A Killer LossMay 16, 2016
Purchased by a member of The Killers for $3.45 million last July, the Lower Haight Victorian at 630 Page Street has just resold for $2.995 million, a 13 percent drop in value for the home on an apples-to-apples basis over the past ten months.
Listed for $3.45 million in October and quickly reduced to $3.299 million the next month, at which point the listing was updated to tout a “One and only price reduction!”, the property was withdrawn from the MLS in December but then relisted for $3.299 million the next month.
In February, the list price was reduced to $2.995 million. And as such, the re-sale of 630 Page Street has officially closed “at asking” according to all industry stats and reports.
Comments from Plugged-In Readers
I feel like there’s a Mr. Brightside joke in here somewhere.
meh, when you resell that quick, it’s like blood in the water.
plus, that house was hella overpriced. it was all staging. i still wonder if the transaction was a referral from a “friend”.
This news is causing me to re-evaluate my decision to place the management all of my investment funds in the hands of professional rock stars.
Great point. Because rock stars usually don’t have agents advising them on the market and their transactions, but instead handle it themselves.
I don’t actually write my own comments anymore. I have advisors.
I think rock stars generally have peeps, some of whom aren’t so good with advice.
Actually, you would be surprised at the number of people who don’t use advisers. Doctors are the worst. They think that because they are very well educated in medicine, that it carries over to finance. It doesn’t. Since the buyer was a rock star, my guess is that it was an impulse purchase.
The good news is that last year a San Franciscan separated an out-of-towner from a whole lot of money (and I’m quite certain the guy could easily afford it — so only winners, no losers). Personally, I could have had way more fun with the roughly $2500 a day this house cost the guy.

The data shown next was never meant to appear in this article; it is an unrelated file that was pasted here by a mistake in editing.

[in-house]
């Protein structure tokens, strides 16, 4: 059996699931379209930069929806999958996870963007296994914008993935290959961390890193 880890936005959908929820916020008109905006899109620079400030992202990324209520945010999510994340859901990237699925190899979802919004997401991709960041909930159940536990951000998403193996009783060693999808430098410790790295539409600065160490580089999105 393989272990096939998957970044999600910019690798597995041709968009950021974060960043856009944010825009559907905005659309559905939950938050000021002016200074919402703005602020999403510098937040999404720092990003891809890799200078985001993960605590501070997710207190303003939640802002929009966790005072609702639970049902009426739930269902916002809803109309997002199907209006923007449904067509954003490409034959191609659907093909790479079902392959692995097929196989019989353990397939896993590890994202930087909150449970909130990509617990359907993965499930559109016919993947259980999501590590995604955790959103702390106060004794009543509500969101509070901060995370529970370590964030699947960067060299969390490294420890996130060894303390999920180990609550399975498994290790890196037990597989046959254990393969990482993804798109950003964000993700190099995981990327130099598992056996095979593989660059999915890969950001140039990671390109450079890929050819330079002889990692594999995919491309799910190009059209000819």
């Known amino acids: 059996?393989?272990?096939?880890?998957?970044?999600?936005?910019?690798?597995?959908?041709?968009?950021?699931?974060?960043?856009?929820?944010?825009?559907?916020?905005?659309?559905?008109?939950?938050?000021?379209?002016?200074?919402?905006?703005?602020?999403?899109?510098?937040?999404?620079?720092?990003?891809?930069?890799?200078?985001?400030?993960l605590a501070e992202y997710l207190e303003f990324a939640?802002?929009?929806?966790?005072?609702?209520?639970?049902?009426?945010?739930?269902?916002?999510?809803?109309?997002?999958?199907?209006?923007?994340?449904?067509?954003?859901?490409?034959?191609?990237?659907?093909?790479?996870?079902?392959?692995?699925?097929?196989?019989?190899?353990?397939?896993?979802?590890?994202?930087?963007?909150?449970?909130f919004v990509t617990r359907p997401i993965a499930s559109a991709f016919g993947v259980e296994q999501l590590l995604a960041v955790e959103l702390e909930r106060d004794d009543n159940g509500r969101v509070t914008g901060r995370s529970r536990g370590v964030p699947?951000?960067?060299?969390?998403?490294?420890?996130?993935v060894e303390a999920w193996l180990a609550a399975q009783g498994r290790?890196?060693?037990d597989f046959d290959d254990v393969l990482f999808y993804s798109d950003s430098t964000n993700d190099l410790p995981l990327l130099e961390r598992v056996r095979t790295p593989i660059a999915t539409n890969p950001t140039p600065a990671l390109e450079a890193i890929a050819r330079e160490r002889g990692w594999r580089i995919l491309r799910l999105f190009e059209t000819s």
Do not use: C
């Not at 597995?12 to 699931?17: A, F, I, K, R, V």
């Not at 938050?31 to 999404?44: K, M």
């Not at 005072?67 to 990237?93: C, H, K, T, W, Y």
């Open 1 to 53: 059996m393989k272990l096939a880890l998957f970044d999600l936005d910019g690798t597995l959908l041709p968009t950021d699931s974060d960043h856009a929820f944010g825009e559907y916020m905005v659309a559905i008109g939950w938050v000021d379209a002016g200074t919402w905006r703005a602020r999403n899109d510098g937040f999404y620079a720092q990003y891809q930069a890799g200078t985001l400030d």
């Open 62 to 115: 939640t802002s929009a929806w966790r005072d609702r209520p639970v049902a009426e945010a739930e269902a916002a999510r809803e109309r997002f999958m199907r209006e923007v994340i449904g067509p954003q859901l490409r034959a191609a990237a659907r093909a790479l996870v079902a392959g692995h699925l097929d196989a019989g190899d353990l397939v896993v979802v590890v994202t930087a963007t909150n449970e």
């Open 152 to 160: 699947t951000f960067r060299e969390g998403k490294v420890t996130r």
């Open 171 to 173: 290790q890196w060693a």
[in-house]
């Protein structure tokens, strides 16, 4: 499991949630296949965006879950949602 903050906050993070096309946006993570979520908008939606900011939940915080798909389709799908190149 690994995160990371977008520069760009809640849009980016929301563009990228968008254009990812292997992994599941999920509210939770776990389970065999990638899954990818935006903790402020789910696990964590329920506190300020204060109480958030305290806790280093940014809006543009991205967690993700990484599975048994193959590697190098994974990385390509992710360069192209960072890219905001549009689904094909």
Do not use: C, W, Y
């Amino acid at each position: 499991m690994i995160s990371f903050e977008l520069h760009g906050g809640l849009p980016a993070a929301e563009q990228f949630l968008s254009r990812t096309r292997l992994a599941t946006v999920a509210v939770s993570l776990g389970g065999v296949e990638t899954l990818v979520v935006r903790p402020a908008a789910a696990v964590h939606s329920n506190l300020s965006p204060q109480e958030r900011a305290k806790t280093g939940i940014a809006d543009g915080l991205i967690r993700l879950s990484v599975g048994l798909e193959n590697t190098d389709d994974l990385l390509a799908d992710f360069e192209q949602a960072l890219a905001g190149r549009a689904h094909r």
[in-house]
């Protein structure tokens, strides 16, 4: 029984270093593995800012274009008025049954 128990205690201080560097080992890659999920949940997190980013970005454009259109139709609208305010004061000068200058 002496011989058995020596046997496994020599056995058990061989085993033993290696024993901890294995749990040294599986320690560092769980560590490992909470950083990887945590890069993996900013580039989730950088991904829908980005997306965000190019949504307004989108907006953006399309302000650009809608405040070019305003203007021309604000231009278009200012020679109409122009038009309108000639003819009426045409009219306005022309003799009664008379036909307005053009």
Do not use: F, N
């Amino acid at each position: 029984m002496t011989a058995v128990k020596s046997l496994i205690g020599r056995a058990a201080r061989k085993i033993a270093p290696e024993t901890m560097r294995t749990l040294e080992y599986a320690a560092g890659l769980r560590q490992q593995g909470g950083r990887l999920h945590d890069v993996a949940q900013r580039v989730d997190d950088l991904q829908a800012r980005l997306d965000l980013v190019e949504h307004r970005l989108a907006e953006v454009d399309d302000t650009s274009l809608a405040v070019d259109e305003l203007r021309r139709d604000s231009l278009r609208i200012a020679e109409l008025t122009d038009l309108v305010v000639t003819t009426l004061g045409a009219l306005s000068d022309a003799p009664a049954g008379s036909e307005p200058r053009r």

The bad news is that with this resale, SF is deprived of about $5000/yr in property taxes. Better for the citizens when those holding depreciated properties simply hold on to them and pay taxes based on the old, higher assessment, convinced that “my place has not fallen in value.” Sell the appreciated homes and hold onto the depreciated ones – that is my “undo Prop 13 in baby steps” motto.
All recent property tax windfalls do nothing for the average San Franciscan. Old gladhand Ed kicked the pensions can down the road and all the extra money goes there.
That is the true crime in SF. So much pension obligations that actual day to day services get the short end of the stick. More than half of the jobs performed by city office employees could be and should be automated.
Police officer. Robots wouldn’t send sexist, homophobic texts and shoot to kill at the least provocation.
well, they might if they were programmed by humans with those traits or learned from ingesting real-world sample data. Not that there are any less than well-adjusted programmers, sloppy QA, buggy uncleaned big data, or ill-behaved programs. Or hackers…
I think you’d better do what he says, Mr. Kinney.
Yup. Our beautiful city by the bay has been sold out in more ways than one to cover ongoing, unrealistic and unsustainable pension liabilities.